and this one’s for my friend Eeeeeebie.
UPDATE #2 I should probably tell you that this photo was taken on my Hawaiian holiday at Waimea Falls.
Join the fun by posting a comment with the URL to your Phriday Photo.
BTW: I got this idea from Karen the Shama-lama-mama and her smart alekey comment about my Worldless Wednesday photo. 🙂
UPDATE: I just realized the photo wasn’t showing… oops. Probably because I had the Height set at 0 pixels! I’m dangerous with a little HTML.
“You like play chalk?” I asked.
“Excuse me?” she asked, as if she hadn’t heard me.
Looking into her eyes, trying to connect, “You like play chalk?” I repeated, sure that she would understand, or somehow recognize me.
I wore a gray hoodie over a black dress that was really a beach cover-up and with my still sandy feet and salty stiff, salon red hair I looked very different than the ten-year-old tow-head I was thirty years ago.
If it weren’t for the newspaper clipping I carried I wouldn’t have recognized her either. She stood almost five feet tall, still the same olive toned skin, brown hair and soft eyes. Dawn Bicoy, all grown up, singing in a jazz band at Makaha.
I felt like I was speaking a foreign language, and I was. I was speaking pidgin English, the language of my childhood. It was the language of jacks and jump rope and Barbie dolls, the language of eating guavas and li hing mui and running from imaginary wild boars. It was the language my parents hated, the language I needed to know to fit in.
* * *
The neighborhood we lived in was new and all the families were young with kids. Our house had the best view of a distant Pearl Harbor, the result of an architectural misunderstanding—or so the story went—that put our house a good ten feet taller than any other in the neighborhood. Dawn’s family moved into our neighborhood last. Their house was custom built and had a swimming pool.
My new best friend Dee Dee Wong and I weren’t sure if she were a boy or a girl so we walked arm in arm around the cul-du-sac, once, twice, maybe three times. We stared at this kid sitting on the low lava wall that defined the Bicoy property.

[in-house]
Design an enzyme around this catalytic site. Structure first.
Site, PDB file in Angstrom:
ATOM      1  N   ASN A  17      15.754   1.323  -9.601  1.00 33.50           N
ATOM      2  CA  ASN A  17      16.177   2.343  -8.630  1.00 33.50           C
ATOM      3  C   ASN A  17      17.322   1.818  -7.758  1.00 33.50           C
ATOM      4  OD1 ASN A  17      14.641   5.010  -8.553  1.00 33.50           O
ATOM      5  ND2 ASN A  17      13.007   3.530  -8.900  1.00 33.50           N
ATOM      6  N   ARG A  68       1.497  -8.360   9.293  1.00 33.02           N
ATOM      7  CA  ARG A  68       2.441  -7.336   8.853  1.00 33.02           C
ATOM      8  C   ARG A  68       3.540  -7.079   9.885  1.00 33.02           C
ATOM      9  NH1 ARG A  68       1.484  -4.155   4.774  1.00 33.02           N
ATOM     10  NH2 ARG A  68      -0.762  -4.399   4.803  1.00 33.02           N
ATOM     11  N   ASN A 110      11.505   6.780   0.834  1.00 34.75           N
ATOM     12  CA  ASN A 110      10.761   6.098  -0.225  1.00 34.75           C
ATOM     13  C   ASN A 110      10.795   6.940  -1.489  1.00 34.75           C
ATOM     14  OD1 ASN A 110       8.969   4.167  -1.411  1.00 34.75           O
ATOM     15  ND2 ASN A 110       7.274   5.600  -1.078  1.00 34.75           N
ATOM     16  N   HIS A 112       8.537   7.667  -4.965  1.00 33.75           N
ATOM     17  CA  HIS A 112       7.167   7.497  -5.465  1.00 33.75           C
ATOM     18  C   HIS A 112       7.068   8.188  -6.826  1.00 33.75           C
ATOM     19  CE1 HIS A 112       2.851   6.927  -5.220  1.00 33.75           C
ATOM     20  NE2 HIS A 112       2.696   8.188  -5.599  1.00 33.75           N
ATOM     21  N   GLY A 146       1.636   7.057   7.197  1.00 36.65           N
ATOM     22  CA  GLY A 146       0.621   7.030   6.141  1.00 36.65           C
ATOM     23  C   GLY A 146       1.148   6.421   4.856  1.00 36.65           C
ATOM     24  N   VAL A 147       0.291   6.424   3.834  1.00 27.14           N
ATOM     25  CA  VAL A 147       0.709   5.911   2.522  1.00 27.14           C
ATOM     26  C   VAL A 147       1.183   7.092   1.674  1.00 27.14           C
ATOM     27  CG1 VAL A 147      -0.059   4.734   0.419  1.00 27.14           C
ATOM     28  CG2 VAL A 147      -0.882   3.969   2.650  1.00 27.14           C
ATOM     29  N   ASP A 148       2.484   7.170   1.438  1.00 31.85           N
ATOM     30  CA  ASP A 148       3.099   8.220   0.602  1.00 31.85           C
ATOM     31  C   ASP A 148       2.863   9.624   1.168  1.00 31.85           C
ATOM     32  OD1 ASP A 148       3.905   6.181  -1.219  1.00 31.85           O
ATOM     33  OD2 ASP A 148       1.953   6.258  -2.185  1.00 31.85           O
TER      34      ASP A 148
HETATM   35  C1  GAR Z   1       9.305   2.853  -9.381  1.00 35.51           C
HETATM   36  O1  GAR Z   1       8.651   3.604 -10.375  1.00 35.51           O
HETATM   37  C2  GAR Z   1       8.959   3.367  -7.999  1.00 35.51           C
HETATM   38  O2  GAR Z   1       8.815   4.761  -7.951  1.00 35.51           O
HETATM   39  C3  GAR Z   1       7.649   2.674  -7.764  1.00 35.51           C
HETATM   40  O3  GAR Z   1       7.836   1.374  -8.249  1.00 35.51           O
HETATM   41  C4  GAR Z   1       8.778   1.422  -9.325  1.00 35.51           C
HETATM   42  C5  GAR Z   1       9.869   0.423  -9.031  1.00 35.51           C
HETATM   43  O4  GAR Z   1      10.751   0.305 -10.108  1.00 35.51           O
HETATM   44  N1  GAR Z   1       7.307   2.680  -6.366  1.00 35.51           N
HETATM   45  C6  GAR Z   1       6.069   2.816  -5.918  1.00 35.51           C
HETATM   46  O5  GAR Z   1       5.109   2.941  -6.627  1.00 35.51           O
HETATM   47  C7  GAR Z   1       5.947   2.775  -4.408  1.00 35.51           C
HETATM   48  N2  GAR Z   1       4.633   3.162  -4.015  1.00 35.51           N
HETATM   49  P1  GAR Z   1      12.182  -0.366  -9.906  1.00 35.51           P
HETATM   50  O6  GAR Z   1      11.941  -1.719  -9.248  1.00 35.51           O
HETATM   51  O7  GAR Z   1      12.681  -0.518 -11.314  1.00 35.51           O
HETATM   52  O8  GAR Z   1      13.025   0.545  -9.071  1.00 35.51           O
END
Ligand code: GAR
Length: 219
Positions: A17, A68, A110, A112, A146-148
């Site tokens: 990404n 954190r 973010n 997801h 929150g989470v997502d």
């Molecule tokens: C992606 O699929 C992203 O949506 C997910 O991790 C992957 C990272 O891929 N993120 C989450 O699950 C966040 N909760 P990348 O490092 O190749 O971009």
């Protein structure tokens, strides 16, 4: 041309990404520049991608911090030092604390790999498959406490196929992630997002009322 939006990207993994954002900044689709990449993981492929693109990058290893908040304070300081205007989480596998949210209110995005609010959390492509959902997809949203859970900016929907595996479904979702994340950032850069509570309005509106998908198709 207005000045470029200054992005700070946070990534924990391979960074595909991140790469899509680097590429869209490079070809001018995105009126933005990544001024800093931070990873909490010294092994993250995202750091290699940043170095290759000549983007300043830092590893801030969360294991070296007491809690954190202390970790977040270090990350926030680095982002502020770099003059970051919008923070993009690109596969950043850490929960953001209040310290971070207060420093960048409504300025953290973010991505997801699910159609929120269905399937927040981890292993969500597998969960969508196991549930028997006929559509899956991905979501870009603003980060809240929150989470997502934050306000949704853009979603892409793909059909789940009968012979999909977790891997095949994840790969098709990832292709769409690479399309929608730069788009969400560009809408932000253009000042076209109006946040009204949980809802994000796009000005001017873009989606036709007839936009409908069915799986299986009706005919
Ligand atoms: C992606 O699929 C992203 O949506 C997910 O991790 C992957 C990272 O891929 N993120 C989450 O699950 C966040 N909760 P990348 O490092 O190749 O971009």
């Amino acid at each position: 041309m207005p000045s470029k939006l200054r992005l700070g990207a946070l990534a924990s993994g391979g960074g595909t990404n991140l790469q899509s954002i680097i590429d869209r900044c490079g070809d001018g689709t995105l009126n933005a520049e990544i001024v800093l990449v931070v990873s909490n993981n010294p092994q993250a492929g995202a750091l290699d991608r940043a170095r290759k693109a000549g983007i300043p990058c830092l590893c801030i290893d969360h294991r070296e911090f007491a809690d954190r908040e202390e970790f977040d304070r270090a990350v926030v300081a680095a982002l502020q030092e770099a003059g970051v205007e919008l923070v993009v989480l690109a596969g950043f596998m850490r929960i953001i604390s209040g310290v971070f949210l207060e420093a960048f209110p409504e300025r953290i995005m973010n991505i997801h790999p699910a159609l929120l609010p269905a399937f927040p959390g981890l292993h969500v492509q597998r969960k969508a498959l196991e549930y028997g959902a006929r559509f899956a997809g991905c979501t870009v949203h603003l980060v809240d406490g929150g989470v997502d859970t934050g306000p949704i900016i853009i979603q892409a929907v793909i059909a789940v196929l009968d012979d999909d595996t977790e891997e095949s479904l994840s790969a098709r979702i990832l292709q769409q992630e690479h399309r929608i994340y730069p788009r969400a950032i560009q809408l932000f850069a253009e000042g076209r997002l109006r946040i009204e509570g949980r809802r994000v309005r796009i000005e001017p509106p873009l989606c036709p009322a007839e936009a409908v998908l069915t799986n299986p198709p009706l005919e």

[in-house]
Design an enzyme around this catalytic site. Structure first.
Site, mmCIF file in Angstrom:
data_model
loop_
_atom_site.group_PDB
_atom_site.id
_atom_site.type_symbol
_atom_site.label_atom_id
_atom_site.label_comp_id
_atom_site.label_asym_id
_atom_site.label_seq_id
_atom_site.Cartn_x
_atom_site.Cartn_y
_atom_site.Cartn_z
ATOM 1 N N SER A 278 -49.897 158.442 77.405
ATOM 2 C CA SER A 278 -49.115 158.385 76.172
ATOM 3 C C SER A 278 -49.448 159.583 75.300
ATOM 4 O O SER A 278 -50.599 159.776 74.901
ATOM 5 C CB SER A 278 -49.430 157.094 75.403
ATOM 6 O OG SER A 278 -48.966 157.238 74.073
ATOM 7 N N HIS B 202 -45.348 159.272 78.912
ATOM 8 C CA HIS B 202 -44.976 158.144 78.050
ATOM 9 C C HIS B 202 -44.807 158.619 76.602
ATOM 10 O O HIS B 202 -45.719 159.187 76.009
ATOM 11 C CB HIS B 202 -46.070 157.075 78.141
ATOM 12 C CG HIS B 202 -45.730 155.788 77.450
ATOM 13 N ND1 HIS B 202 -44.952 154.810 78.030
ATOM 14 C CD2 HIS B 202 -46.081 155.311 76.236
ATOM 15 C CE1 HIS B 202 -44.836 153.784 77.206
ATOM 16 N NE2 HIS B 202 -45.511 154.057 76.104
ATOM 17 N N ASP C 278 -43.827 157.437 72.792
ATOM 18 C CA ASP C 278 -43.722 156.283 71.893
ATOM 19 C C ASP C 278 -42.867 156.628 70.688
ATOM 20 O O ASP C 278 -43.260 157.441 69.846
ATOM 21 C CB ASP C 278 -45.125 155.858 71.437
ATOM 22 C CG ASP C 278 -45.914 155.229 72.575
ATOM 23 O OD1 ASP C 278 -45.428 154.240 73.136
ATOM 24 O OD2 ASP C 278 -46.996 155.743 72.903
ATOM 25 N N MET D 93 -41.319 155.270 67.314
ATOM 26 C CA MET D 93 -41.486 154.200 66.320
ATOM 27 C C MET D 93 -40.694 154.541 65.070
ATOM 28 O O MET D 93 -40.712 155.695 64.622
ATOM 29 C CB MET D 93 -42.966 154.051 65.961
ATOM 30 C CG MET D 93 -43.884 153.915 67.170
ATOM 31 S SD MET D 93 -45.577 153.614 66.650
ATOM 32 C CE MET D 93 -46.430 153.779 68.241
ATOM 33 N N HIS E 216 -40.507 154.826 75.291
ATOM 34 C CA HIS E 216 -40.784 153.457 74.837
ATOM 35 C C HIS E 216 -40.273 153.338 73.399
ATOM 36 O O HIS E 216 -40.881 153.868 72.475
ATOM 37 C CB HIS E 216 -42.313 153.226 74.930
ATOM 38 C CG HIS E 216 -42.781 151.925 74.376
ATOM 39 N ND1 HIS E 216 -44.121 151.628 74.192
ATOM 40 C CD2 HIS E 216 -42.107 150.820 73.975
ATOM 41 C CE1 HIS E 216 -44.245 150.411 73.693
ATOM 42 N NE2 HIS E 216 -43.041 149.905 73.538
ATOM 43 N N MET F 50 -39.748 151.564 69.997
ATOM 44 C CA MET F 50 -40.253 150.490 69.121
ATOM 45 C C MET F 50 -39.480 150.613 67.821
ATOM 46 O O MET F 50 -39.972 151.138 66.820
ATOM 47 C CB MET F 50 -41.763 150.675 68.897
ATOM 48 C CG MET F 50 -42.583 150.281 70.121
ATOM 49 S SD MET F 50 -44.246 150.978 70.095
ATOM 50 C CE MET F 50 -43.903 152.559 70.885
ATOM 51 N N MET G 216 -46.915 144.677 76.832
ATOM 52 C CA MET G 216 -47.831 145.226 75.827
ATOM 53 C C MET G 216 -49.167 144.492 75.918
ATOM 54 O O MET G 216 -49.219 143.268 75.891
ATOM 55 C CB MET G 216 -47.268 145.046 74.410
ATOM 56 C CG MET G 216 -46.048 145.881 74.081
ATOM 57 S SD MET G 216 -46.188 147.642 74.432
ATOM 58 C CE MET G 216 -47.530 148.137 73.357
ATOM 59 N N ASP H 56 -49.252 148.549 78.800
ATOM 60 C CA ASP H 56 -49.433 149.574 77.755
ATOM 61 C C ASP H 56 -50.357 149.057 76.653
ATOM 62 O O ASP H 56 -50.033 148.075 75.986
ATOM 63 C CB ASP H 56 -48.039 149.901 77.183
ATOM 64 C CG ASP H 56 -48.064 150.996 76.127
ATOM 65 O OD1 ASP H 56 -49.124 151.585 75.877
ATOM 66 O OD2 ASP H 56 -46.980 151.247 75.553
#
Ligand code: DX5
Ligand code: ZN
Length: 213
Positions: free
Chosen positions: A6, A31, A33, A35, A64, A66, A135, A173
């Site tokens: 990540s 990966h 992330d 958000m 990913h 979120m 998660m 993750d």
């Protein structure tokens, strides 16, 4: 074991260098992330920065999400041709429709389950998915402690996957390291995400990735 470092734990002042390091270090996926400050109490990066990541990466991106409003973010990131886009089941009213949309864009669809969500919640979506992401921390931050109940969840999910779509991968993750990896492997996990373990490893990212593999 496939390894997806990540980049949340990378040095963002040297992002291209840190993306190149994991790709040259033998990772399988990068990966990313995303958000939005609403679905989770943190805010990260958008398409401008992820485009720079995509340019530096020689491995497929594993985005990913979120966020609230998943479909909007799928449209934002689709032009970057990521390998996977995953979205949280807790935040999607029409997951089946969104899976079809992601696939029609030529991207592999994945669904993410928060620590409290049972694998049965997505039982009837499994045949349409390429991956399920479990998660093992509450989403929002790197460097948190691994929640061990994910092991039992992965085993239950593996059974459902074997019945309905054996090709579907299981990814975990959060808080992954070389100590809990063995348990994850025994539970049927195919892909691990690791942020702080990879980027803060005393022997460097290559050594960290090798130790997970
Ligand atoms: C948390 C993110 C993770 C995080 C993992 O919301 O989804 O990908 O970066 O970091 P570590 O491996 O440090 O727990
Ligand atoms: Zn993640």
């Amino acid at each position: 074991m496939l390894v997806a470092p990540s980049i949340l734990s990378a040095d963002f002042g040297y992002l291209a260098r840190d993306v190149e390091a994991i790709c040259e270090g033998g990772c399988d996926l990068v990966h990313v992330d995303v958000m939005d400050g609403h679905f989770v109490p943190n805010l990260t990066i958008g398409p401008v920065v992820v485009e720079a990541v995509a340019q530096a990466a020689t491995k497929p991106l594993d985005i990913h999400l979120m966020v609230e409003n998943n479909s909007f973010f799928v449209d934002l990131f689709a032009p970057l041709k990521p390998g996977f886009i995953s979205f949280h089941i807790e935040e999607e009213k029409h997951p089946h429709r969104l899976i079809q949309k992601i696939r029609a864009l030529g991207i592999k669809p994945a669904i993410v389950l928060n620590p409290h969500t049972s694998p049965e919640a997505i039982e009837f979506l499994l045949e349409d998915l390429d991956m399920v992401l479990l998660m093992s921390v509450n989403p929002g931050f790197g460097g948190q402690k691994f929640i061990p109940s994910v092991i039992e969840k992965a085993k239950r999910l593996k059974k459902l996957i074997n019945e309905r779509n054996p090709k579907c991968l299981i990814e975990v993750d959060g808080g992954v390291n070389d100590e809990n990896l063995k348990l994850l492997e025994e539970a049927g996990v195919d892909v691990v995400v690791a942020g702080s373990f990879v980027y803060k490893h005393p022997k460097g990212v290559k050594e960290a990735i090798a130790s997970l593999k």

Dawn was the first to speak. “You like play chalk?” she said. Dee Dee and I looked at each other and shrugged, walking towards Dawn, her outstretched hand holding a piece of chalk.
We sat on the sidewalk and began to draw.
* * *
“You like play chalk?” I repeated. Dawn looked confused. “I KNOW your mother told you we were coming,” I said as I watched recognition light up Dawn’s eyes.
“Oh my God,” she said. “Jennifer?”
“Oh my God,” she said again. “I’m gonna cry.”
“Me too,” I said, laughing, crying, smiling as we hugged. “That was the first thing you said to me. Don’t you remember? We drew with chalk on the sidewalk in front of your house.”
Maybe not really blue, but definitely out of sorts. Is it winter? the holidays? Or one more step in the grieving process… post holiday blahs? post vacation (I have a boring life) blues?
We are almost done closing up my Dad’s estate. For our trip to Hawaii, Debby and I were able to use my Dad’s US Air air miles for a free trip (did YOU know you can inherit miles?). When we got home the lawyer told us that the IRS is going to forgive the penalties and interest they wanted to extract from us. So that’s good news, right?
Somehow it makes my Dad’s death all the more real. Finalizing makes things, well, final.
It is time to move on, I feel it. And even though in some ways having all this paperwork pending keeps me closer to my Dad, I know it’s closer in a thoroughly unhealthy way. I’m just not entirely sure how to push through. I have projects of my own I am not working on. Writing I am not doing. So if anyone has any tips, or recommendations for a good therapist, let me know. 🙂